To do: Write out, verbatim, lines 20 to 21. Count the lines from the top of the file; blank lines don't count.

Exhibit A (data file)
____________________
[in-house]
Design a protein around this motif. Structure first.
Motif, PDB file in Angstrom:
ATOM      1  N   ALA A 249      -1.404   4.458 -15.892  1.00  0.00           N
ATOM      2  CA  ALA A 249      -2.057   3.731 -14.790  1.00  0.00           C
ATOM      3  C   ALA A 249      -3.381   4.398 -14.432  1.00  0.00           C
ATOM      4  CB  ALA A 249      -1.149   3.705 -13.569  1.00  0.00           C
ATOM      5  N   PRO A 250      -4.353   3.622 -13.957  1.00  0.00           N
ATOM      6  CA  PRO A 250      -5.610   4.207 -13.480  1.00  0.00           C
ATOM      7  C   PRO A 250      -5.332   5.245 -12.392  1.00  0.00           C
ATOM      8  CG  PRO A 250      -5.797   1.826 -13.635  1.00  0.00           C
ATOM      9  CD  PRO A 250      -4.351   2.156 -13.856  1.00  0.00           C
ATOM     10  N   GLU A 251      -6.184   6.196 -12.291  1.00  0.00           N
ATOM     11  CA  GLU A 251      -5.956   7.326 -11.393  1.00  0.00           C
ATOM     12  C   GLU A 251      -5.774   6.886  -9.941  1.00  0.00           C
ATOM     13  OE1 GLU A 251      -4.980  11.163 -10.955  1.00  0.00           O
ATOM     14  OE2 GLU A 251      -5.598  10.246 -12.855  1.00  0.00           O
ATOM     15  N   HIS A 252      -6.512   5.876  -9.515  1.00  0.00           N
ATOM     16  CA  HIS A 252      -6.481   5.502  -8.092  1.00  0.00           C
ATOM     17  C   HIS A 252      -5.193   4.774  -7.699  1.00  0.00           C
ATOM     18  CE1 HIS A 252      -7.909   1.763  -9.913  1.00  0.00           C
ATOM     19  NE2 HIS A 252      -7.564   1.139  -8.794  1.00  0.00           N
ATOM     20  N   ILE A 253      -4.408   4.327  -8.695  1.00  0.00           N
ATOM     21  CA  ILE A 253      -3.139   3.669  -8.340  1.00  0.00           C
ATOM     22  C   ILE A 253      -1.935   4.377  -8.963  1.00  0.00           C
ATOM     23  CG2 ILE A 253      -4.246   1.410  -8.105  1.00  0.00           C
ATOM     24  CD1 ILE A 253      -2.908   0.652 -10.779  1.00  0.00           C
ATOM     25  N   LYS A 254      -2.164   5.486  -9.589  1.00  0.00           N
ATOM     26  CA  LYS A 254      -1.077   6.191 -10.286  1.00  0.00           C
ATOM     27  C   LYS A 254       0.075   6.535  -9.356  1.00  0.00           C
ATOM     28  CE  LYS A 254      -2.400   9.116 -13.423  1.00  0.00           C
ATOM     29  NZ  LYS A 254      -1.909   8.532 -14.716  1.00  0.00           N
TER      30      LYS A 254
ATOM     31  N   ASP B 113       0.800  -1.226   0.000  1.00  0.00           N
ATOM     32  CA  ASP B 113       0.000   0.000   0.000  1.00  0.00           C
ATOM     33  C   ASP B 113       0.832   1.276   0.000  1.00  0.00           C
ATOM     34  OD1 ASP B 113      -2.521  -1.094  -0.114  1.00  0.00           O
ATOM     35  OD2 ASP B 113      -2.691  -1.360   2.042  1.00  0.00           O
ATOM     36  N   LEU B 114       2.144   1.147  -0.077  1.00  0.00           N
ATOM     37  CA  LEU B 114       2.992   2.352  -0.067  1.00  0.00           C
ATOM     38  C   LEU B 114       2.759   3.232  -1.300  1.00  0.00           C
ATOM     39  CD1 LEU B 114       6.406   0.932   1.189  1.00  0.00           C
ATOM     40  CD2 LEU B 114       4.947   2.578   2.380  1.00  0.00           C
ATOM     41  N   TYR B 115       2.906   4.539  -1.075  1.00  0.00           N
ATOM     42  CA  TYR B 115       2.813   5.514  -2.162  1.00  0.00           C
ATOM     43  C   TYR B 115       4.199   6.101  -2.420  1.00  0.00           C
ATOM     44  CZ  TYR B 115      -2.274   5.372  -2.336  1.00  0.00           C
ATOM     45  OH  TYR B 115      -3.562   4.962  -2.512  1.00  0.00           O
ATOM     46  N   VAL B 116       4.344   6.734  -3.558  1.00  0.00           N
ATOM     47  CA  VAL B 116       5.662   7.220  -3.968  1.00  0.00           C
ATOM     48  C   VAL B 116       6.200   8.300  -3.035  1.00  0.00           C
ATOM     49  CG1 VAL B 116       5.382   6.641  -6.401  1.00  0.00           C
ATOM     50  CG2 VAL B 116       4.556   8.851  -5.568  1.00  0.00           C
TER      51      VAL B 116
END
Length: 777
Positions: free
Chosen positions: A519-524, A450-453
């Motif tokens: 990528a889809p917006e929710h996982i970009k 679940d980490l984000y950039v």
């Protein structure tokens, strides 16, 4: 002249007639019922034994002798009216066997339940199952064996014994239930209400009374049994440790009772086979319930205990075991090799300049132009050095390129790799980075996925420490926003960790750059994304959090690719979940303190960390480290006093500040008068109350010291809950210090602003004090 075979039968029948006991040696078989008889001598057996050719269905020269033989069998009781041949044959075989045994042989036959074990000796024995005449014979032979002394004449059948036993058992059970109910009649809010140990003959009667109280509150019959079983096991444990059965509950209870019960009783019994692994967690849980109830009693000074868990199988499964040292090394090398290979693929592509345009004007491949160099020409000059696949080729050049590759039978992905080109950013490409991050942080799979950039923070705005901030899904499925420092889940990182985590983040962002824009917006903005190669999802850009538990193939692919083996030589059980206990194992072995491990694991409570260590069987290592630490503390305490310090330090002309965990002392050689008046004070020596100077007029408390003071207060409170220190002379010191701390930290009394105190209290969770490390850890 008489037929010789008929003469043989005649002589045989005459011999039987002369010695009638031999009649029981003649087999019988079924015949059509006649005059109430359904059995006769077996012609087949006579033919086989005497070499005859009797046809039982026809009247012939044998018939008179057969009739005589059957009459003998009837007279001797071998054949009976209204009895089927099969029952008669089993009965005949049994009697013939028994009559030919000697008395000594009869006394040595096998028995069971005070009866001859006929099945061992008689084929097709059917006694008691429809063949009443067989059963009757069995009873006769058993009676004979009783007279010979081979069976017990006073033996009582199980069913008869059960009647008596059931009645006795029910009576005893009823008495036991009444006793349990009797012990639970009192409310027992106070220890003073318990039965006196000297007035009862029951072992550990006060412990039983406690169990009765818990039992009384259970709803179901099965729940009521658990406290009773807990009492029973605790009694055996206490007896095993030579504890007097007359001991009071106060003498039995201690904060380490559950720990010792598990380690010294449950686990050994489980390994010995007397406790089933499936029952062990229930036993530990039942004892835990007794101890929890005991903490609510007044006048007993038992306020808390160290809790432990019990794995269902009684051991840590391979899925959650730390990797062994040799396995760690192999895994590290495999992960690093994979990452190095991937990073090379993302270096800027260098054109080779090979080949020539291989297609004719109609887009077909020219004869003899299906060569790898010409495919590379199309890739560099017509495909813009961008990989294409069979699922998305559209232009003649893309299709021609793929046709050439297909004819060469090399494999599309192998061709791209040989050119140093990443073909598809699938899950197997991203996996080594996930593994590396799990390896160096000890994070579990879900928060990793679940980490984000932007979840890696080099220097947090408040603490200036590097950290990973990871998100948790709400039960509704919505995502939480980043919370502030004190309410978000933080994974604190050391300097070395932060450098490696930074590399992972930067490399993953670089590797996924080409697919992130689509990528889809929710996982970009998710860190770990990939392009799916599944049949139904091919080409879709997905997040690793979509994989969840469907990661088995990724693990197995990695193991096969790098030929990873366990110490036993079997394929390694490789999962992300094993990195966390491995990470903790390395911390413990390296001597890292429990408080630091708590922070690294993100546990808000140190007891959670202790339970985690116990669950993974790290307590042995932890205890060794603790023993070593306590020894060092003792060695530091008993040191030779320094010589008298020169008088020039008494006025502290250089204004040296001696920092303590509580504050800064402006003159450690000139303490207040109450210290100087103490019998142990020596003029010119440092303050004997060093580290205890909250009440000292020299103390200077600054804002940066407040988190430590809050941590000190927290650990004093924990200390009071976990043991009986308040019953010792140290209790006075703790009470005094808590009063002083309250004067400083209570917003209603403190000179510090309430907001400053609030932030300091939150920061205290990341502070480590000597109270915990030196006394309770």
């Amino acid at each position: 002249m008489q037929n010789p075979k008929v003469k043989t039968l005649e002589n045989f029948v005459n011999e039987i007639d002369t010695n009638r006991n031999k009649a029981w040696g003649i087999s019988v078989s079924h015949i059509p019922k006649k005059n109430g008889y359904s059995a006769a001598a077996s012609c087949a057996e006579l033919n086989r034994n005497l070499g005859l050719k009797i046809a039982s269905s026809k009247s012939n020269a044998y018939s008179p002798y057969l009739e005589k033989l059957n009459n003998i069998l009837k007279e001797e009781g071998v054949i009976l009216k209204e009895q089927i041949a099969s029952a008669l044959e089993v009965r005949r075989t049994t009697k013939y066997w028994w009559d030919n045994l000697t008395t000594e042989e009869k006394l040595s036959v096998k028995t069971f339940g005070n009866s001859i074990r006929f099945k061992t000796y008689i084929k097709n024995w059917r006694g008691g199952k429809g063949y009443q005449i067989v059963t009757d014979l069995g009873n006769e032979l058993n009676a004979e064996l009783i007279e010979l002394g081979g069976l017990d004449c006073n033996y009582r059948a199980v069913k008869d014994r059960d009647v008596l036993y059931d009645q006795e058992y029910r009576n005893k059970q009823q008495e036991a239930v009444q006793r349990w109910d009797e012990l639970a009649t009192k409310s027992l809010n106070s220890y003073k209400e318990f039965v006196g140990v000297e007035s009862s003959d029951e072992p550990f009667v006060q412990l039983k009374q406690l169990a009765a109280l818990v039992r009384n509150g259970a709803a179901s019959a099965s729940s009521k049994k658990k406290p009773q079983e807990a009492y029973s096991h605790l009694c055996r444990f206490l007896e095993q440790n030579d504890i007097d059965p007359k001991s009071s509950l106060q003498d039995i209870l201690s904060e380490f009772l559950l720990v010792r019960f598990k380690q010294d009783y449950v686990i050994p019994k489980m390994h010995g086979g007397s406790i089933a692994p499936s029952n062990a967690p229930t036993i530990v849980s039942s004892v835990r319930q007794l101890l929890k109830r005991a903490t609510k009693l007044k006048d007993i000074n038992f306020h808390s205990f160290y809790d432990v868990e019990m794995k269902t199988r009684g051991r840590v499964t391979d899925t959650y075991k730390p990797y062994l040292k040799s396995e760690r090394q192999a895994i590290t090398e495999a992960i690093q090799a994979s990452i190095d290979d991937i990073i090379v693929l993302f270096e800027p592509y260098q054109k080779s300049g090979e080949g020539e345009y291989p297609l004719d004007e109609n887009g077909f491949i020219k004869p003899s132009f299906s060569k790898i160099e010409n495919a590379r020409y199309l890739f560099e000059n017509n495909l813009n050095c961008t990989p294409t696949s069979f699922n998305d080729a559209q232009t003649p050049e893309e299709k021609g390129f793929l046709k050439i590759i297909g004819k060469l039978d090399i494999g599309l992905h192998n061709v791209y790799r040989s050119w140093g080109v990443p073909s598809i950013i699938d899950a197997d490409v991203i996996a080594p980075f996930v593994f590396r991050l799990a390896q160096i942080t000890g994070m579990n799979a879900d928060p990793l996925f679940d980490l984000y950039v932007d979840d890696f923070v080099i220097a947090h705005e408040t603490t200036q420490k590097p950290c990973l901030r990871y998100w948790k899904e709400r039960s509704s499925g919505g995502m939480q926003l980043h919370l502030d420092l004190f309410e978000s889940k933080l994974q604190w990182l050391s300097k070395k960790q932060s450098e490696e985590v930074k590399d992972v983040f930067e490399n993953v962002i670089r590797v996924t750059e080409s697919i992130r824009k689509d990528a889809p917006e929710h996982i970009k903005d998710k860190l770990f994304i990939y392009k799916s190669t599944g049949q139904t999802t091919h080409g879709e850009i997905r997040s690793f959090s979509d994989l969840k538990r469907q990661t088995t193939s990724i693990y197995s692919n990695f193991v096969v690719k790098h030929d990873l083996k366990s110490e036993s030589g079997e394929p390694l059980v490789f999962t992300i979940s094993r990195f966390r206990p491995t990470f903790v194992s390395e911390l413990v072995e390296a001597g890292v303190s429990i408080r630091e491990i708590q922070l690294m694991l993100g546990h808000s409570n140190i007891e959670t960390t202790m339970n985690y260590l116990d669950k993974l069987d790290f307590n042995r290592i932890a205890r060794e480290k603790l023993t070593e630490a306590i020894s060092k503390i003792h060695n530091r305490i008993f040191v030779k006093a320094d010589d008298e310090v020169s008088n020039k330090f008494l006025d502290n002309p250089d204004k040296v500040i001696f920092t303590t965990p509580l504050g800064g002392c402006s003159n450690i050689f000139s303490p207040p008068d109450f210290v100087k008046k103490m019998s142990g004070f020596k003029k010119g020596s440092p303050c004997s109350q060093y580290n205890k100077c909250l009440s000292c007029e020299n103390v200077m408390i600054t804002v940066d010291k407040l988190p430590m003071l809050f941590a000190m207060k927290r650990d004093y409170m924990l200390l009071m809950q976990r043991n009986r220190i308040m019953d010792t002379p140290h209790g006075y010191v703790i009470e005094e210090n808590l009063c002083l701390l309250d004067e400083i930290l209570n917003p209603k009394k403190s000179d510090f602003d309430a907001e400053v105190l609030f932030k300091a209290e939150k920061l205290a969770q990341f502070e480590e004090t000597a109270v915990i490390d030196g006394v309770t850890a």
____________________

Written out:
ATOM     17  C   HIS A 252      -5.193   4.774  -7.699  1.00  0.00           C
ATOM     18  CE1 HIS A 252      -7.909   1.763  -9.913  1.00  0.00           C